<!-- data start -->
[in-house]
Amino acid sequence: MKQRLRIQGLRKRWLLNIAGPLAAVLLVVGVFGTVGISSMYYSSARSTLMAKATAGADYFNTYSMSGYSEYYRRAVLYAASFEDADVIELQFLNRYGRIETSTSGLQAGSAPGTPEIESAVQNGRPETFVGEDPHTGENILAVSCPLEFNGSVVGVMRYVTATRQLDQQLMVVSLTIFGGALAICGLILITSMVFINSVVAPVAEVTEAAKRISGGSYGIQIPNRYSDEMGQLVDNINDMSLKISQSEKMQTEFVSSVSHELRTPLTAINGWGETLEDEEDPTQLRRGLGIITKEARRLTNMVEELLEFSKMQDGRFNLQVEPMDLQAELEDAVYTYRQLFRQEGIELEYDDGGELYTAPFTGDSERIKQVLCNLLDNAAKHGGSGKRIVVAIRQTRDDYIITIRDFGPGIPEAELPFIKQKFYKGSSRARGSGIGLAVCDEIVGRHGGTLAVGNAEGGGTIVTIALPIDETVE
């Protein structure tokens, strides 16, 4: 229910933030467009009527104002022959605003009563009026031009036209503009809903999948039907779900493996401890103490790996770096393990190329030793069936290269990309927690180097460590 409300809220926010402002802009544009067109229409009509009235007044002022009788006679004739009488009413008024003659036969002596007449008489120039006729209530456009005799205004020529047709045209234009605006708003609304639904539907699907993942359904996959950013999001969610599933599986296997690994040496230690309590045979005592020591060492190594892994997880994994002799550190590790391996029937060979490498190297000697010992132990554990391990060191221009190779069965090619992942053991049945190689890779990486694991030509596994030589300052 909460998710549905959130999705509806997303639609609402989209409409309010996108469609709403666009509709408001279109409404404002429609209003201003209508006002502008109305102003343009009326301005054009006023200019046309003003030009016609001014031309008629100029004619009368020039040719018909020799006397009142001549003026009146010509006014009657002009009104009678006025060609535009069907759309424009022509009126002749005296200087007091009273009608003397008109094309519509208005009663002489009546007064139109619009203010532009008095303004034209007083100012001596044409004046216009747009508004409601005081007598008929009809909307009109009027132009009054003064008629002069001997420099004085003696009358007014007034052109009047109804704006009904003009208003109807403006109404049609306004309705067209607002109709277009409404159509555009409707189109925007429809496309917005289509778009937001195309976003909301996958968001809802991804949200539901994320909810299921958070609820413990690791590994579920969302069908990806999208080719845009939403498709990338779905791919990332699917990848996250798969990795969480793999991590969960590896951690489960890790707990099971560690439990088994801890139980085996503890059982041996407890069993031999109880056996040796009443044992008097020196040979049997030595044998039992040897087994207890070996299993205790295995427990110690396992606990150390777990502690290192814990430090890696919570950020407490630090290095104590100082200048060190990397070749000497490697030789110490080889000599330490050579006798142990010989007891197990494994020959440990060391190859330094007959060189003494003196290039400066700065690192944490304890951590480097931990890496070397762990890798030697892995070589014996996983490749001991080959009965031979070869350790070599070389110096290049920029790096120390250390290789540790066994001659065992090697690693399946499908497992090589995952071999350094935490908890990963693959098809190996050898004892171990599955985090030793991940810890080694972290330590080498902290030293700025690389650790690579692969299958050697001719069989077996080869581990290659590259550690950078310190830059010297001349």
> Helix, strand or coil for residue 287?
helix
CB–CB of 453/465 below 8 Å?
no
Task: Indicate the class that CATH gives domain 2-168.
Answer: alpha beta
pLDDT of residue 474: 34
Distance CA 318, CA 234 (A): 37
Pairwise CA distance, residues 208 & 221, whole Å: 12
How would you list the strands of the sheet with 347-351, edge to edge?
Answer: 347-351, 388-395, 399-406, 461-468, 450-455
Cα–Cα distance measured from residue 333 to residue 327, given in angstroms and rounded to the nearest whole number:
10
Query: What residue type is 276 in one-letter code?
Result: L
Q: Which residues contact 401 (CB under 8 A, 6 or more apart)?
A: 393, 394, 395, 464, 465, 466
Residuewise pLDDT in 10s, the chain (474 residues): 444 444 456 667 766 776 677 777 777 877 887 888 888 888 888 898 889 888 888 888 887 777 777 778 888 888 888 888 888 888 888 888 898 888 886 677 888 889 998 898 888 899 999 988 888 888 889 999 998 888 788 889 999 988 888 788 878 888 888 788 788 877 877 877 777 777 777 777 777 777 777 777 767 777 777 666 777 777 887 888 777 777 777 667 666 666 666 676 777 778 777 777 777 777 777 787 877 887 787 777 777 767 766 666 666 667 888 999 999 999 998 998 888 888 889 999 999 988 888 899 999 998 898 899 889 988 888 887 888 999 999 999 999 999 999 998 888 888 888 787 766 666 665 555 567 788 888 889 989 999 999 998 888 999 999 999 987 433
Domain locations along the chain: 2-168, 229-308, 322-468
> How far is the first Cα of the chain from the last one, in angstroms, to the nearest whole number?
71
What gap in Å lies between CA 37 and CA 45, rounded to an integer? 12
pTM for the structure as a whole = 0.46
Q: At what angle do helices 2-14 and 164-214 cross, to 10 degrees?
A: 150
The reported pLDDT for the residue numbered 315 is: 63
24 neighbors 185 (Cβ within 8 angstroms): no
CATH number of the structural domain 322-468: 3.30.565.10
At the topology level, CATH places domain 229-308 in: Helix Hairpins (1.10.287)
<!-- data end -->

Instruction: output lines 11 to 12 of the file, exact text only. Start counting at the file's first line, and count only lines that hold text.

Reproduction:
Distance CA 318, CA 234 (A): 37
Pairwise CA distance, residues 208 & 221, whole Å: 12